I have relatives, friends, and some RTA team members who’ve had their identities stolen. It’s a miserable experience. There’s no good way to prove who you are to some insurance company, hospital or bank located in some other part of the country. It costs time and money. It’s worse if you’re a business and your servers are held hostage, your manufacturing line is down or you’re unknowingly making an inferior or unsafe product. That’s often a nightmare.
We’ve done a lot over the years to protect our businesses from external threats. We’ve always had guard houses, employee ID badges and heavy fencing around our buildings. It’s only been until recently that we’ve started to think hard about protecting our digital assets from outsiders. IT has focused on security for many years, but in OT, on our side of the fence, there hasn’t been that much of an effort.
There are many reasons for that. One is that we’re usually pretty short staffed. It isn’t unusual these days to have a single control engineer responsible for one machine or one line. If someone takes a vacation or sick day, the control engineer on the next line has to take over. Extra people are a luxury that many manufacturing businesses can no longer afford. In some plants, a single control engineer is responsible for the entire plant. They need to solve problems on any machine wherever it is in the plant. With those kinds of responsibilities and time constraints, it’s very difficult for the control engineer at a lot of smaller facilities to have time to think about securing their machines.
Another reason is the lack of budgets to address security. Most people are more reactive than proactive – we don’t address a problem until it’s on our doorstep. That’s why the fire alarm people swarm over a neighborhood after a fire because an upgraded fire alarm system is now a bigger priority than it was last week. Most companies believe that they won’t get targeted so securing their control systems remains a low priority task. Fortunately, many of us have an entirely different attitude about physical security. If the lock on the back door of the plant is broken, we get it fixed immediately even though the probability of someone finding a broken entry lock and entering during the night is pretty low.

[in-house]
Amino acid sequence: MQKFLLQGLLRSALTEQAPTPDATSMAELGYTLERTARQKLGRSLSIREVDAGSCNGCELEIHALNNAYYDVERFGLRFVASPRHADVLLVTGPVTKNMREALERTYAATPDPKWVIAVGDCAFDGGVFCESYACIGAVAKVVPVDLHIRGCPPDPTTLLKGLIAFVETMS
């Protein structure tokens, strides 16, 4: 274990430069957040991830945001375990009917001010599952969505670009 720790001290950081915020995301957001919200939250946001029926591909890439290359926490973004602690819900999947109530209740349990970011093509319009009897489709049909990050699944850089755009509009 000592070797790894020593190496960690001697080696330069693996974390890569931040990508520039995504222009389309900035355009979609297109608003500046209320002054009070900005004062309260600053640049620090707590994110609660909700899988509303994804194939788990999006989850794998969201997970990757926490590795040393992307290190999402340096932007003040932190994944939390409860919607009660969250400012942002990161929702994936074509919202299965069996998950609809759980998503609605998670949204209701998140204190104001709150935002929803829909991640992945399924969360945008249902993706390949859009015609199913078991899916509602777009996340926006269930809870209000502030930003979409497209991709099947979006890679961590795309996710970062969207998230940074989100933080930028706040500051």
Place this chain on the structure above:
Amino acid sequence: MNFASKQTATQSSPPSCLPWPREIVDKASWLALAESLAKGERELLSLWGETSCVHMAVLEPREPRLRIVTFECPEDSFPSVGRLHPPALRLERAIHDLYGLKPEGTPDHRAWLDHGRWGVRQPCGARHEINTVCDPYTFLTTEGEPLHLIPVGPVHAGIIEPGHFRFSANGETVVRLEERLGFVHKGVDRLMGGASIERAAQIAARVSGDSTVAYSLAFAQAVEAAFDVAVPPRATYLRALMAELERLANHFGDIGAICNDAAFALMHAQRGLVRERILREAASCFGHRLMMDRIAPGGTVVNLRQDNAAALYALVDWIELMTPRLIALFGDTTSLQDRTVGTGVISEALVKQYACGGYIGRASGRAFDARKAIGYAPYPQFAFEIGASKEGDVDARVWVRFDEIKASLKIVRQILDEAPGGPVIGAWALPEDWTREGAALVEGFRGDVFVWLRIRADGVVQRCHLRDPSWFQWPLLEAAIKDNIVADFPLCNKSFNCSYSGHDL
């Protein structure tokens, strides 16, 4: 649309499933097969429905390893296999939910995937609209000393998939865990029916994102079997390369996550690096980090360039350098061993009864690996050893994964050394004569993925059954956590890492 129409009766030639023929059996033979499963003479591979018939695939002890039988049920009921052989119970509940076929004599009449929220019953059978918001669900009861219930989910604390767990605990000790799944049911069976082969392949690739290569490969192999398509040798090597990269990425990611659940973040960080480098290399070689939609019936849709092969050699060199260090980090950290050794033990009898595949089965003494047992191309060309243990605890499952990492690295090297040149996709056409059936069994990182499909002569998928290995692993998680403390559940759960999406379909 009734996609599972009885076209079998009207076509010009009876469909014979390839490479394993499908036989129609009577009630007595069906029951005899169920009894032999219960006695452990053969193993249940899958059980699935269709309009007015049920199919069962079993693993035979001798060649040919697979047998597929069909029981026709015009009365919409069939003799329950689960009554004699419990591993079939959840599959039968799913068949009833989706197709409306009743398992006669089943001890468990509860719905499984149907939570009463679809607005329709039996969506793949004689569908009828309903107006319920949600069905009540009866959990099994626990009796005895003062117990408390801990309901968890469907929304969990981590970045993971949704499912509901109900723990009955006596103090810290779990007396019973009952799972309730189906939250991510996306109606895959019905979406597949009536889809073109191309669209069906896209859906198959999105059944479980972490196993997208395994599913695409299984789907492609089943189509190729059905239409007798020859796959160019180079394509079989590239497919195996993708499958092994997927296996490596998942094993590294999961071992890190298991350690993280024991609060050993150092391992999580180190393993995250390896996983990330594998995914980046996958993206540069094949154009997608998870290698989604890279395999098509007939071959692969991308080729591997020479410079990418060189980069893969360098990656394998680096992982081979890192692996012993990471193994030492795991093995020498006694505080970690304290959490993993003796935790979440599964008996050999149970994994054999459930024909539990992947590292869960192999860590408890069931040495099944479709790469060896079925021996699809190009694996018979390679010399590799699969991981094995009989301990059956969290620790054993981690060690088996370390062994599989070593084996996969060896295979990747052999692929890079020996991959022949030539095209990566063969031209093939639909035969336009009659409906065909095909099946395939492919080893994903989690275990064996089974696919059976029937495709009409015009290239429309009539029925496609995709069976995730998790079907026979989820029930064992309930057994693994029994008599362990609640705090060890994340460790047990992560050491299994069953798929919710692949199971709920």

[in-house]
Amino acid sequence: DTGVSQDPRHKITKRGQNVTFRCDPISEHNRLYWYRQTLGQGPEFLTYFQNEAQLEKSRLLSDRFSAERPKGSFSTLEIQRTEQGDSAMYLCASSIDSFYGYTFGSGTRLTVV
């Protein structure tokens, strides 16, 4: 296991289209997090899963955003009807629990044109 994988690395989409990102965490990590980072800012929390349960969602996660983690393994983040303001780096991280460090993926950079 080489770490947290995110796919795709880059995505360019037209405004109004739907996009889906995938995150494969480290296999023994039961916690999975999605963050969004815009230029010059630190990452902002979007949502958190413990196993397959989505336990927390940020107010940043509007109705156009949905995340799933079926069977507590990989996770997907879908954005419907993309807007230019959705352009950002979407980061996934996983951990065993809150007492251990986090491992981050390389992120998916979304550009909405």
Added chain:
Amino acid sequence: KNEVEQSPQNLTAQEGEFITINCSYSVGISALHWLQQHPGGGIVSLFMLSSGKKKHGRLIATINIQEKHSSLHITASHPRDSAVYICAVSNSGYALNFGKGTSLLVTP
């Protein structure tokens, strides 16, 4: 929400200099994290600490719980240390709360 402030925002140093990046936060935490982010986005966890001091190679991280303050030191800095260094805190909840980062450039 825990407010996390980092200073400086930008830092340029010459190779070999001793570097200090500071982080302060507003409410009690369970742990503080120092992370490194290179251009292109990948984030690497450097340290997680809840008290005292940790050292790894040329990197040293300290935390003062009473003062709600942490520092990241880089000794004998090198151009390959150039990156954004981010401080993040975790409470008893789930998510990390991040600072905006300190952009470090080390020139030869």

And the third big reason why we don’t pay all that much attention to cybersecurity is that it’s just too damned hard. A lot of us have some old Modbus systems over there, some TI PLCs over here (yes, a hundred years old), Siemens S5s and S7s over there plus DH+, DeviceNet, EtherNet/IP and all sorts of old controllers. It’s a mess.
There no one to blame. Every time an upgrade was done, the latest and greatest manufacturing products were installed. The newest and the best – promising the most up-to-date, efficient, high-quality control system we could get. Now – ten, twenty or more years later – those systems are all highly vulnerable in one way or another.
And it’s not just cyber attacks that we have to worry about. Many attacks come from disgruntled employees, contractors and even cleaning people. The knowledge to alter a PLC program is not all that hard to obtain. All of us can think of ways to put a time bomb in somebody’s plc program.
There are lots of ways that you are vulnerable, but unfortunately, designing a coherent strategy to protect your manufacturing assets is a very tough and difficult job in these environments. But it has to be done.
There are a few OT security tasks you should start right now:
- You need to educate your staff on the problem and what they can do to prevent the simplest attacks. Making sure they understand the danger of unknown USB Flash drives, simple passwords and the like is a good first step.
- Another is to simply lock the door. Use the security features that are built into the controllers that you already have. Siemens and Rockwell’s processors have security options. Use them.
- Identify what your most critical asset is and work on protecting it first. What might an external (or internal) intruder do that would disrupt your business? Play the ‘what if’ game and take action to stop those threats.
I’ll have more to say about all this in the coming days, especially about the new EtherNet/IP security that is deployed in Rockwell ControlLogix controllers.
P.S. Check out my other blogs on EtherNet/IP Security: